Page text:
Preparing for a Job Interview: Questions, Answers, and
- Content of the job talk:
- Keep the talk very simple - try to present no
more than three key points and make sure the
audience is very clear on what those points are.
"Tell 'em what you're gonna say, say it, and tell 'em
what you said."
- Consider using a few, well-designed view-graphs
rather than reading (but keeping reading as a backup
option). "Talking to" the audience while pointing to
a viewgraph helps keep you focused on and engaged
with the audience. Doing it well takes practi ce so
make sure you have practiced enough to do it well.
- Be prepared for likely questions - have
colleagues and mentors put you "through your paces"
and ask the hardest questions they can think of.
- "Know your vulnerabilities." Make sure you know
as much as possible but be ready to admit that you
don't know about certain things.
- "Plant" questions that you know you are prepared
- Explicitly address at least one rival
explanation to the argument you are making. This
demonstrates that you have thought of, and think
about, alternative arguments and know how to deal
- Format of the job talk:
- Be prepared and practice your job talk: Make
sure you know how long it takes to present it
- Practice enough so that you exude confidence
about your research at the same time that you do not
- Be confident of what you are presenting so that
you don't need to read the whole thing
- Never exceed your time limit, and try to come in
under it. Nobody has ever been criticized for being
- Use accessible language, avoid jargon
- Know how to cut your losses if you make a
- Have a fully written job talk ready and return
to reading if you start "freaking out."
- Answering questions during the job talk:
- ok to take time to process the question
- ok to write down one or two words to remind you
of the question parts of a long comment, but don't
write too much
- make sure you are prepared for the hardest
questions possible and practice being "under attack"
to make sure you don't get flustered
- have some "prepared" responses to questions that
you know you won't know how to answer
- have some standard phrases (write them on your
notepad if you need reminders) that allow you to
respond positively to aggressive questioners, e.g.,
"That's a good question that I have been thinking
about recently," or whatever.
- don't answer questions to the satisfaction of
the questioner, answer questions to the satisfaction
of the rest of the audience.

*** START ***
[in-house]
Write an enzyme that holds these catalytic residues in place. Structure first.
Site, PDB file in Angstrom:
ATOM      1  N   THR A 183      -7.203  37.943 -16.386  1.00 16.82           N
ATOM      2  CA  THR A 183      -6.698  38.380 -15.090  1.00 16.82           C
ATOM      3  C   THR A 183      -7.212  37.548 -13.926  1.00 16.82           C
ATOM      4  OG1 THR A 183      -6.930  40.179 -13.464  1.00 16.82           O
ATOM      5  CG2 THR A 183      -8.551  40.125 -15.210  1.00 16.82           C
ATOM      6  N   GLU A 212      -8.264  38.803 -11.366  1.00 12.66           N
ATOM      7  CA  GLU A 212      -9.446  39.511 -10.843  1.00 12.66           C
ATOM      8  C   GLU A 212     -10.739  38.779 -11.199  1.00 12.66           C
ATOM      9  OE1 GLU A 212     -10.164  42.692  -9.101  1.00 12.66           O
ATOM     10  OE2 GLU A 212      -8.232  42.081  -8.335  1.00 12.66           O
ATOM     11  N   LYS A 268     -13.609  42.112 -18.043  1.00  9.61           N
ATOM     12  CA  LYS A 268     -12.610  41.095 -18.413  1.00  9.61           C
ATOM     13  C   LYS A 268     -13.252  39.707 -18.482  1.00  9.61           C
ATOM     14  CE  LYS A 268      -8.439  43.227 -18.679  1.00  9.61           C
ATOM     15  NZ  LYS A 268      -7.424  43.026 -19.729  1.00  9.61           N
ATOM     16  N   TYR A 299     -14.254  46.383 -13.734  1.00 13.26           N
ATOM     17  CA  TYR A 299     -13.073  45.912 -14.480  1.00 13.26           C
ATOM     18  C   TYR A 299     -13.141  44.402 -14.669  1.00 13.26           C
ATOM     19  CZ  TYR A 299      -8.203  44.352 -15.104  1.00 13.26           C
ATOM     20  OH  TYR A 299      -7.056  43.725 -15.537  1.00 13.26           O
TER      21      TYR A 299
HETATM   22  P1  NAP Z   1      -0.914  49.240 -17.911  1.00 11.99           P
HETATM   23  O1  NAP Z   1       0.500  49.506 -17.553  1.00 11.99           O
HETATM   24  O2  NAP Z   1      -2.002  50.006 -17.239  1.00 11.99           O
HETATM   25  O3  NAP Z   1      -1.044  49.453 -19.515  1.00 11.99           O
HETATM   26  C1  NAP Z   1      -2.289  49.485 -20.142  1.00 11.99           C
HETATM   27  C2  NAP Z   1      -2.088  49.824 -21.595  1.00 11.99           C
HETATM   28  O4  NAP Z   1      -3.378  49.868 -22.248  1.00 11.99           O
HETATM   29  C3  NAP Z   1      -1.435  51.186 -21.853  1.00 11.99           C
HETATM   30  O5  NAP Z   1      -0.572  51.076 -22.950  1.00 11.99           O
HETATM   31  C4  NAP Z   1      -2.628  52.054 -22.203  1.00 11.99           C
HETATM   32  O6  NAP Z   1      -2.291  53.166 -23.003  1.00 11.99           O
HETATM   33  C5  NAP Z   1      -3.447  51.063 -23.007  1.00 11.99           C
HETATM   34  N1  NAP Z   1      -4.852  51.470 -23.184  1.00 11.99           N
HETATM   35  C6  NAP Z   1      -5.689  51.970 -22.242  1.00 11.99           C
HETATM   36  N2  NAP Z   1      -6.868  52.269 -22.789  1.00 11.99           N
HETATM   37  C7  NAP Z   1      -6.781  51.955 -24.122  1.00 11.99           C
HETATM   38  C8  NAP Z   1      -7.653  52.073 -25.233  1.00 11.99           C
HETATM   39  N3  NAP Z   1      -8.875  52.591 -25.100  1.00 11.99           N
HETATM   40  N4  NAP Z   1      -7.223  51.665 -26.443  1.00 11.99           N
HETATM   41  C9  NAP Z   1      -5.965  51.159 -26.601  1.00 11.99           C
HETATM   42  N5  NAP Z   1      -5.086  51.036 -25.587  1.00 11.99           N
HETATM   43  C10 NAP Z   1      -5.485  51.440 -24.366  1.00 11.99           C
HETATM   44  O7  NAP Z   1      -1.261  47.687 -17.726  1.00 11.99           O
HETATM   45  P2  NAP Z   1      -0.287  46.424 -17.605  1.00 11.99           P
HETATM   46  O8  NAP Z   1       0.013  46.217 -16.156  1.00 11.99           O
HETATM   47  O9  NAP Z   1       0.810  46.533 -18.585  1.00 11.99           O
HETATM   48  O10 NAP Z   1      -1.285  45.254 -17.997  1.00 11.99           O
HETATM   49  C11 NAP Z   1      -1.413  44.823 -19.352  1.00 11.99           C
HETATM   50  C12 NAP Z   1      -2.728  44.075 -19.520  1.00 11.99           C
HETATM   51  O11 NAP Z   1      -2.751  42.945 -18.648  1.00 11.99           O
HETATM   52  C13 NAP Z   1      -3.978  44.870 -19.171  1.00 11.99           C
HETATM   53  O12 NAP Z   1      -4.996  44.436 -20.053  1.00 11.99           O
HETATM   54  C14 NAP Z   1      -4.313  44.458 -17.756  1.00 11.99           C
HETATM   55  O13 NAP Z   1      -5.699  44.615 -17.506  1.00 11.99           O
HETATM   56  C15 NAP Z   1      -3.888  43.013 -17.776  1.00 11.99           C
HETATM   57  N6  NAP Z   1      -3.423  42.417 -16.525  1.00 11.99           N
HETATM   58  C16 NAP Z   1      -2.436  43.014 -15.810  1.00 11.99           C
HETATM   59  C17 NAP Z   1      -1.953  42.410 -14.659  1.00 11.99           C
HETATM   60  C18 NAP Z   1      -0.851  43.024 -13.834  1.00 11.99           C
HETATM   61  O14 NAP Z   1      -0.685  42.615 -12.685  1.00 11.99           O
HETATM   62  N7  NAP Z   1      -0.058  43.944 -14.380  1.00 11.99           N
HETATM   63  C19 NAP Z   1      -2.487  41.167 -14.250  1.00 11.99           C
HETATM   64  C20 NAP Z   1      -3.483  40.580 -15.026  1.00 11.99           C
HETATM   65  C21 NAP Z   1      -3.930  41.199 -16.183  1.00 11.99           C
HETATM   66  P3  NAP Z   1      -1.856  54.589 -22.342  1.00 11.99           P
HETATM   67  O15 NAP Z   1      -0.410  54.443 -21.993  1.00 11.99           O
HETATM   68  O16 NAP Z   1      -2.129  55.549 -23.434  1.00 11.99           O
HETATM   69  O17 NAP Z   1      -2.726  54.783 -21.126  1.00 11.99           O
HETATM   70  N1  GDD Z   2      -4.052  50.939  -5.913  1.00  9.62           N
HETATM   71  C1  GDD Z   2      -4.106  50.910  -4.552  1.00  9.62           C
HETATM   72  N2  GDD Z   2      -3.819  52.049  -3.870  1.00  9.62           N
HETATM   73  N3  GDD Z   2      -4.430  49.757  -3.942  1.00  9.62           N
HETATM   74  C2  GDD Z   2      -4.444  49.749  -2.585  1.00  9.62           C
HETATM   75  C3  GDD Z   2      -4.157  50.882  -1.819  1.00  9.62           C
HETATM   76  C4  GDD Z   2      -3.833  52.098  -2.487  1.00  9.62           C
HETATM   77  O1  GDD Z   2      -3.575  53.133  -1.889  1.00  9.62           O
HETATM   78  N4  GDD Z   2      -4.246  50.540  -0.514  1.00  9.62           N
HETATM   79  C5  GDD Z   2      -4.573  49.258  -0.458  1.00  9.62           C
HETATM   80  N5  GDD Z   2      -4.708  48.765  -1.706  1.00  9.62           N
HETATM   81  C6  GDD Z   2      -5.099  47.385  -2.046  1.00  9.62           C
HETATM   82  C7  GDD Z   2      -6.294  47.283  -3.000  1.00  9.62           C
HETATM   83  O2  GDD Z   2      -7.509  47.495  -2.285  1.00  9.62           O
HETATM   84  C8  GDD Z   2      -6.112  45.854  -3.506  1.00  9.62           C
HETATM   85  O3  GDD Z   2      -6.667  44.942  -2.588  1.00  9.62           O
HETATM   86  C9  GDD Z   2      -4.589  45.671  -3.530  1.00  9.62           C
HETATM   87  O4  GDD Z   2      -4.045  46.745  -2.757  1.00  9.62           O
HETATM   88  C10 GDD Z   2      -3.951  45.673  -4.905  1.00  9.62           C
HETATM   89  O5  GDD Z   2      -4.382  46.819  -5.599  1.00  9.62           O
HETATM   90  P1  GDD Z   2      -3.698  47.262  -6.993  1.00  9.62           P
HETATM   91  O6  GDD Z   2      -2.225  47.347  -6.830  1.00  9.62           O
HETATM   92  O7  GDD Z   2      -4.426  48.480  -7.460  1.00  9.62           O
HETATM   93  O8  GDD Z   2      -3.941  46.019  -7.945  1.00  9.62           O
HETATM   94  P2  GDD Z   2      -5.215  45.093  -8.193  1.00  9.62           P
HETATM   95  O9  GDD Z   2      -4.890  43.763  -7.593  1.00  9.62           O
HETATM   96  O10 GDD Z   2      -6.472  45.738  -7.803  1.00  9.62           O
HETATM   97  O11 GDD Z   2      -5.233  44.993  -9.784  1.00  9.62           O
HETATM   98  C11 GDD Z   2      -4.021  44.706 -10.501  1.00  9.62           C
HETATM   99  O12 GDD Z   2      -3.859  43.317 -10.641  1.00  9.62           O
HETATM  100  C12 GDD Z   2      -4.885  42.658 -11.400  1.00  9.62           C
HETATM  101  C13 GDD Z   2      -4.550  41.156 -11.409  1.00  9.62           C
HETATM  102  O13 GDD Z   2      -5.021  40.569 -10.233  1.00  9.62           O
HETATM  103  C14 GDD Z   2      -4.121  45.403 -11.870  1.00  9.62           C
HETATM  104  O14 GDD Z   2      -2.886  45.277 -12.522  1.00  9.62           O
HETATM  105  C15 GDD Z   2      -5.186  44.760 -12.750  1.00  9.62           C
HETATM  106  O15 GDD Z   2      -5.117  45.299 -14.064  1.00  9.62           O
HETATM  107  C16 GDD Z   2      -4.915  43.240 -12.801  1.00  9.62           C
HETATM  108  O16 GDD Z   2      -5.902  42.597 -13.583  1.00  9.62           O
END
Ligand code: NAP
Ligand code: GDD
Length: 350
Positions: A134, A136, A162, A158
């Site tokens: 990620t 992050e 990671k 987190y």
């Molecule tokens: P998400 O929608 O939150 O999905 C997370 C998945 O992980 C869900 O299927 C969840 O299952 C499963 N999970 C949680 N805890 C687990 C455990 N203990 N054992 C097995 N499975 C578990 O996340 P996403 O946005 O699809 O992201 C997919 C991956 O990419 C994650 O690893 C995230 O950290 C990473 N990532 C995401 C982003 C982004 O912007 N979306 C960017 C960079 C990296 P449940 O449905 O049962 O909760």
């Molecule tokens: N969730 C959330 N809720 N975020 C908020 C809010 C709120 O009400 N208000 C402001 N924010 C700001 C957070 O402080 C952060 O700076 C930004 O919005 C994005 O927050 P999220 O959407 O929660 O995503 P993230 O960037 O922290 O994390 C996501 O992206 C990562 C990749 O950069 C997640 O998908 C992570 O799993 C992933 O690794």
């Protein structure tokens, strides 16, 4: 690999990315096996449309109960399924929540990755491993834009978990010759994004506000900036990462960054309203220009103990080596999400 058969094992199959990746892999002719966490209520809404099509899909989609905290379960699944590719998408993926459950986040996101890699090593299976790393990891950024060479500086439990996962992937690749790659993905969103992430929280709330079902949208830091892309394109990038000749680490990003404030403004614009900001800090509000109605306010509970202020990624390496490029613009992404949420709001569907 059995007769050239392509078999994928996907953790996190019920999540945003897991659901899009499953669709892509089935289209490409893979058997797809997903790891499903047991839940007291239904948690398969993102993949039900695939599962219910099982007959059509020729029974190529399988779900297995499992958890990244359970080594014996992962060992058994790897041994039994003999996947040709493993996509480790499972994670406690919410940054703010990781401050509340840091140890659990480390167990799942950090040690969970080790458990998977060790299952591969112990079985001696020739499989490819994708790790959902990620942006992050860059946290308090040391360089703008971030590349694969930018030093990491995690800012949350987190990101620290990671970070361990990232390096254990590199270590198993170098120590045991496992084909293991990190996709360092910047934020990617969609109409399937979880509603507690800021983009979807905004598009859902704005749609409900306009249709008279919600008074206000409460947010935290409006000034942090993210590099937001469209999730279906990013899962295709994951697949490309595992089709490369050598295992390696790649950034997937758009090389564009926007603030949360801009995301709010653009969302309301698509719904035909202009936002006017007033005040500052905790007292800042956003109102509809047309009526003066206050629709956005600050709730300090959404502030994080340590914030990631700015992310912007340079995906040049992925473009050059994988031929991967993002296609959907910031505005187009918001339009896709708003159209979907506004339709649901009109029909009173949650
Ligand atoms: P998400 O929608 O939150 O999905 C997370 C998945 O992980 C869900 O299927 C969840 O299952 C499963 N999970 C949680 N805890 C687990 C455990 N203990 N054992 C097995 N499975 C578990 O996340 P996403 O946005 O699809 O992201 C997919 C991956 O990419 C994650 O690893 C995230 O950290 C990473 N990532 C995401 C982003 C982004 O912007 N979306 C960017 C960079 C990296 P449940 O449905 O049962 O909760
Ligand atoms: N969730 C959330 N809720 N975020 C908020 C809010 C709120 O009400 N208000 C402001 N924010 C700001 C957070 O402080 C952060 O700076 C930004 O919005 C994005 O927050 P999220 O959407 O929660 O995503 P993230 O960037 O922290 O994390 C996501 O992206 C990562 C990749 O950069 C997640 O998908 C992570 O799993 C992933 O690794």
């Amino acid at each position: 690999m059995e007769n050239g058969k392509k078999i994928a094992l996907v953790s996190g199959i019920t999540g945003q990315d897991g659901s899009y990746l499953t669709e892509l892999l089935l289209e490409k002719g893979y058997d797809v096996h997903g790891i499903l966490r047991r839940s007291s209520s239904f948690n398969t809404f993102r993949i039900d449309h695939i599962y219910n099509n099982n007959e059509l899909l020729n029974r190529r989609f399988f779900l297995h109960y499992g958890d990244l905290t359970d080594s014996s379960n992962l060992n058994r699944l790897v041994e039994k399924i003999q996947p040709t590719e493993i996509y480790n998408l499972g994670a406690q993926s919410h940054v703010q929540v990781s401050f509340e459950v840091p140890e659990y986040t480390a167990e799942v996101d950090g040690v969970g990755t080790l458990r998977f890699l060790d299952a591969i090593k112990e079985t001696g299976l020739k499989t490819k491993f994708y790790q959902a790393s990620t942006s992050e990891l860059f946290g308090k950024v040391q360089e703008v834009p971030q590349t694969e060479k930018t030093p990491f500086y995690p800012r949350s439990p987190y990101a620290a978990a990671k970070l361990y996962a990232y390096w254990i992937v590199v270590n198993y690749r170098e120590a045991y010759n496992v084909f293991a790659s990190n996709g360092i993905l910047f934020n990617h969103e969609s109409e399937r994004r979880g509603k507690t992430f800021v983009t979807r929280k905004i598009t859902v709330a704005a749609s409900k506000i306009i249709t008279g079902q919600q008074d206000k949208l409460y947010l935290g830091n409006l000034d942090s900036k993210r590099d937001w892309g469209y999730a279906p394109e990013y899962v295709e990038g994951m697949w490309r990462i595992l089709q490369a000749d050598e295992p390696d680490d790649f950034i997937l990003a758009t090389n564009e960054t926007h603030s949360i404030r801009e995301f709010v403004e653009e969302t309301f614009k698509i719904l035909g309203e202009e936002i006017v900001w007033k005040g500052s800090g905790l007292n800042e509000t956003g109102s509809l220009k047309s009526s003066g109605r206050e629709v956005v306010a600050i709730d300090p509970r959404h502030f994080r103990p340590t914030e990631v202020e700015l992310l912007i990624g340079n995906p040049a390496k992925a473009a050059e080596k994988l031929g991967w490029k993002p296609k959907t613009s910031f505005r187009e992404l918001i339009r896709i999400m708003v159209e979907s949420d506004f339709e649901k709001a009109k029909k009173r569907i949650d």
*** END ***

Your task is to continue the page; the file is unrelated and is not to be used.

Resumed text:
- Remember to give short answers that directly
answer the question. Don't go on too long.
- Don't interrupt or talk over people. Always make
sure you leave plenty of space for others to talk.
- Always answer the actual question asked,
regardless of the "subtext" or political element of
the question. If a questioner wants to raise
politically sensitive issues, engage them, but make
them do it explicitly. Don't ask for trouble by
raising suc h issues because you think that
was what the person was "really" asking.
- If you become flustered during questioning, take
a deep breath, push back from the table, or whatever
you need to do to regain your composure fully but
quickly. Everyone giving a job talk is nervous, and
everyone in the audience will give you some sl ack
to be a bit nervous, but try to avoid it getting out
of hand. Again, of course, practice helps reduce the
need for these things.
- Know the institution you are applying to, the
criteria they will use in the hire, and the process they
will use in making a choice. Ask the chair for
information about whether teaching or research or both
are important. Will you be presenting to fac ulty, grad
students, undergrads, or all three? How long will the
job talk last? What other elements of the interview
process will you have to go through? Should you bring
syllabi for certain courses and be prepared to discuss
them or not? Make sure you know the answers to these
sorts of questions.
- Remember, the chair is usually on your side and is
sincerely interested and invested in making sure that
you do the best possible job you can during the
interview and that you have the best (but most honest)
view of the institution you may be hired fo r.
- Demonstrate that you would be a good colleague.
- Demonstrate a sincere interest in the work of the
people in the department you are interviewing with.
Don't say you have read someone's book if you haven't
but do know enough about a few people's work so that you
can ask them questions, for example, about how they
would approach a current research question you are
- Never let your hair down. You are interviewing from
the moment you step off the plane until the moment you
get back on again. Do not give any person any reason to
think poorly of you. Do not "badmouth" any of the people
you meet to others, or ask ot hers what they think of